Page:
In the last couple of years there’s been considerable buzz in the freshwater fly fishing world concerning, so-called, “balanced flies.”
Tied on a jig hook, balanced flies are almost exclusively fished below a bobber (er, I mean ‘strike indicator)’ and are designed to rest horizontal in the water.
When the bobber is pulled, the fly rises and moves forward, then settles back down.
This action is no doubt enticing to many species of fish, including trout, perch, bass, pike and walleye.
Spin fishers have been dragging jigs behind bobbers, probably for centuries, so the recent hype among fly fishers seems, in many cases, to be unwarranted.
Longer rod. Floating line. Single action reel.
Adding a beadhead, in place of a leadhead, helps the fly drop quickly.
As the photo shows, a beadhead can be added to the fly by threading it onto a brass brad and securing the brad to the anterior part of the hook.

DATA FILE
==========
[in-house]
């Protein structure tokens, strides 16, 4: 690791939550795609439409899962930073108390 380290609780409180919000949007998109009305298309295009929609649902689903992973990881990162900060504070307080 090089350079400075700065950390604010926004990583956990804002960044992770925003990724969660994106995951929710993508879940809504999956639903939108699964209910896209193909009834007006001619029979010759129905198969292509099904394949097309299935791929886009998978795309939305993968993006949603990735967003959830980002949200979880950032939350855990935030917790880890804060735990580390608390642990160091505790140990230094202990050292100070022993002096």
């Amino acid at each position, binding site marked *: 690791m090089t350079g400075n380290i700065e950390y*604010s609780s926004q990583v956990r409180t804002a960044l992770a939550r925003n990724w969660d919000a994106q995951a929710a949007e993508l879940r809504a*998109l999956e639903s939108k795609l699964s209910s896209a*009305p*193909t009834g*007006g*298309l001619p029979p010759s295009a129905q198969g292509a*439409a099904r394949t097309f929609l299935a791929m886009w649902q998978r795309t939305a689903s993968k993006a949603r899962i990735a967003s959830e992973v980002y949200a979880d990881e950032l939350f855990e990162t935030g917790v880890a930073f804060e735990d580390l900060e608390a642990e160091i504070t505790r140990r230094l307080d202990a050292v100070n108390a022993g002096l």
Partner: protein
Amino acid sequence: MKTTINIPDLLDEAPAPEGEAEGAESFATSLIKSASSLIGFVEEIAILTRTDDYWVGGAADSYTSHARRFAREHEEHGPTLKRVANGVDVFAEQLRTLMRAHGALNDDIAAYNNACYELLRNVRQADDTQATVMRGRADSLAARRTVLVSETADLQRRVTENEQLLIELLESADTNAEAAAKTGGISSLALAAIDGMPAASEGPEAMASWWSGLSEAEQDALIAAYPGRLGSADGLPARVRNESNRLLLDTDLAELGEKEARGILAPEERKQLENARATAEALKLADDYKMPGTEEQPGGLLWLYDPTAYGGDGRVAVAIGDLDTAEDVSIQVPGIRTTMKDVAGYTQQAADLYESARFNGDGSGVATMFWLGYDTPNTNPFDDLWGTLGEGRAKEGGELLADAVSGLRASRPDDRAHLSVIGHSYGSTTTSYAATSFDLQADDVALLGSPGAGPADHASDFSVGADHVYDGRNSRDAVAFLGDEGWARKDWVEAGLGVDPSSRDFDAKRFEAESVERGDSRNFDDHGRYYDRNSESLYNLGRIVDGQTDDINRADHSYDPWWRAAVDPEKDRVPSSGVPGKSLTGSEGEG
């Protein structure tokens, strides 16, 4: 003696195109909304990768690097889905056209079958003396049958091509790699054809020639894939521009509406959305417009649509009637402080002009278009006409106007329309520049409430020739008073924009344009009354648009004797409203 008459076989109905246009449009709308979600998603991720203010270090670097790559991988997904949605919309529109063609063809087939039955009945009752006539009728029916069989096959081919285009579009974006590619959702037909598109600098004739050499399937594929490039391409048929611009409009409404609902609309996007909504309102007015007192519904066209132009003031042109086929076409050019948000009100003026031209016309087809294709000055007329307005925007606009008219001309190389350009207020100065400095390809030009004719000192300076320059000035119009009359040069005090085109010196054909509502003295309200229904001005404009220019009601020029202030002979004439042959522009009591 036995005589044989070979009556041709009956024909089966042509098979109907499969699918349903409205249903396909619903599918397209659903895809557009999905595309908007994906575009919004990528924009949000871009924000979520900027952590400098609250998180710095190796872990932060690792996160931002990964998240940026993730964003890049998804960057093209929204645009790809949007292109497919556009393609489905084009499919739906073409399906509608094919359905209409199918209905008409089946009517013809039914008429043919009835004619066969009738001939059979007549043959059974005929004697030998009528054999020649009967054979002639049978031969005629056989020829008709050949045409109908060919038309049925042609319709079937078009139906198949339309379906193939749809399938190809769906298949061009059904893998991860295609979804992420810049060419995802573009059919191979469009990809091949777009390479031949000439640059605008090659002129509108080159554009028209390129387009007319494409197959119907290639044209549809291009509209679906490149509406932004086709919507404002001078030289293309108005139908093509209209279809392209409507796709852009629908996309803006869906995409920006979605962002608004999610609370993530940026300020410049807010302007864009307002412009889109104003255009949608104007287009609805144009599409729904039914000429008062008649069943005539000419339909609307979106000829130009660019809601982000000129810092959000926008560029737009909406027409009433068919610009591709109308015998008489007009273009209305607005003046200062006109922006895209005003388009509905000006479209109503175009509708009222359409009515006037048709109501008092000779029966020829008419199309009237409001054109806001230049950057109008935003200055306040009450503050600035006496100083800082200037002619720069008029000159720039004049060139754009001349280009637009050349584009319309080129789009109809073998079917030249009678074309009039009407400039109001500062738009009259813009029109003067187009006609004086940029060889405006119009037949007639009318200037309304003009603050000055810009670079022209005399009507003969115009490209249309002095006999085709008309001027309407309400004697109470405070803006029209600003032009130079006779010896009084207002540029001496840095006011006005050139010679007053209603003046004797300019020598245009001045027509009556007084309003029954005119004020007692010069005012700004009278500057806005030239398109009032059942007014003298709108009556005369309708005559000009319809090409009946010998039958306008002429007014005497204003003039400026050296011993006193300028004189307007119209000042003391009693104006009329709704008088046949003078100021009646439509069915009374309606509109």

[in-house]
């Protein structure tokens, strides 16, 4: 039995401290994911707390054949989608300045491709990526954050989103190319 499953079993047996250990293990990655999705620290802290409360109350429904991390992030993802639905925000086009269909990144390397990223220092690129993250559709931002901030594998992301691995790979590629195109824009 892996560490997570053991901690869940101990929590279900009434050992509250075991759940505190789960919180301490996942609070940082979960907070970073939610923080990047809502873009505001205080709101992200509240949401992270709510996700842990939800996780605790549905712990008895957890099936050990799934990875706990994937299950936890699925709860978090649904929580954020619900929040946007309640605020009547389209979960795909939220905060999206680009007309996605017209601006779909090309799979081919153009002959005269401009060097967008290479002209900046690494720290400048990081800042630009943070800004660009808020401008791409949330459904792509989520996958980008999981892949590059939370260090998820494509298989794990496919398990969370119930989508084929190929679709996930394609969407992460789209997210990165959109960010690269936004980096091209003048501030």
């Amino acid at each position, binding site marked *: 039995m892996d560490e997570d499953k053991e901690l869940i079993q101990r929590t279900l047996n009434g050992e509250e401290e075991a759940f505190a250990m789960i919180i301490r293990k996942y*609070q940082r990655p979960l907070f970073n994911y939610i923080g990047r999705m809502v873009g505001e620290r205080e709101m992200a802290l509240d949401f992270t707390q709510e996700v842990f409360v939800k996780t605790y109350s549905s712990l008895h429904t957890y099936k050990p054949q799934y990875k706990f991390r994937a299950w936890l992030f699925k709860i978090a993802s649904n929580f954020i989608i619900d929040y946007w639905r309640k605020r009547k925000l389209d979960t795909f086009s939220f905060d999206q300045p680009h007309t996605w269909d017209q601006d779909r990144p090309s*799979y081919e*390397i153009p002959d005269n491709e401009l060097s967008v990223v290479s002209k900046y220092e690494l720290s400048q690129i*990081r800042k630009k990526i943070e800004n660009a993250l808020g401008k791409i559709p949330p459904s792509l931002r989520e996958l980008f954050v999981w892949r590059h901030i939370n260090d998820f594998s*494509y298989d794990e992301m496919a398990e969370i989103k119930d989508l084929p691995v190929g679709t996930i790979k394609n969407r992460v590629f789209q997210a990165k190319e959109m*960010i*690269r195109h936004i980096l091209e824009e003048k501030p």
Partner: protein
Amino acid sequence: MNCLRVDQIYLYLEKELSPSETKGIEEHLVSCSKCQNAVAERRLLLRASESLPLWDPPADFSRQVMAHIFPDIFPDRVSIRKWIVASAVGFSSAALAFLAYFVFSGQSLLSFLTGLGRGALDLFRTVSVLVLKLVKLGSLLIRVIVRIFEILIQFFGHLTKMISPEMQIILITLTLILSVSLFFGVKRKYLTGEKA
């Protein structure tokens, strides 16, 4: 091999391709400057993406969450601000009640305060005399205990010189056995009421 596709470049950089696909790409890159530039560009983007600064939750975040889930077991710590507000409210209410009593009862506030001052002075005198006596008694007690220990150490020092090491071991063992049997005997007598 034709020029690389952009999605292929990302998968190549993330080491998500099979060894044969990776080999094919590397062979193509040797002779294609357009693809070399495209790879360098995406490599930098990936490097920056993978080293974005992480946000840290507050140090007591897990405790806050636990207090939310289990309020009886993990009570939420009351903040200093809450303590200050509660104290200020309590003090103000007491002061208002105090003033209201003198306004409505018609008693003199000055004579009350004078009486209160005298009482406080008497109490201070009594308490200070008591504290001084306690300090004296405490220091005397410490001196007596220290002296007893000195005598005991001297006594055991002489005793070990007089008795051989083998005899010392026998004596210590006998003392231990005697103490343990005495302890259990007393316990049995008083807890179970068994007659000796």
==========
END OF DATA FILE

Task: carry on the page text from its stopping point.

Another, much less expensive, option is to shorten a beadhead pin. Brightly colored beadhead pins are available at hobby stores.
If you want a beadheaded fly to drop faster, wrap a few turns of lead behind the eye.
Two years ago, during early season fishing on Mission Lake, balanced flies fished over shoreline drop-offs were fooling lots of fish.
You can tie just about any favorite pattern on jig hooks and take advantage of the jigging action.
My two favorite balanced fly patterns are a small pheasant-tail clawed crayfish and a generic streamer tied with Arizona Simi-Seal.
Jerry Smalley’s Fishful Thinking column appears weekly in the Hungry Horse News.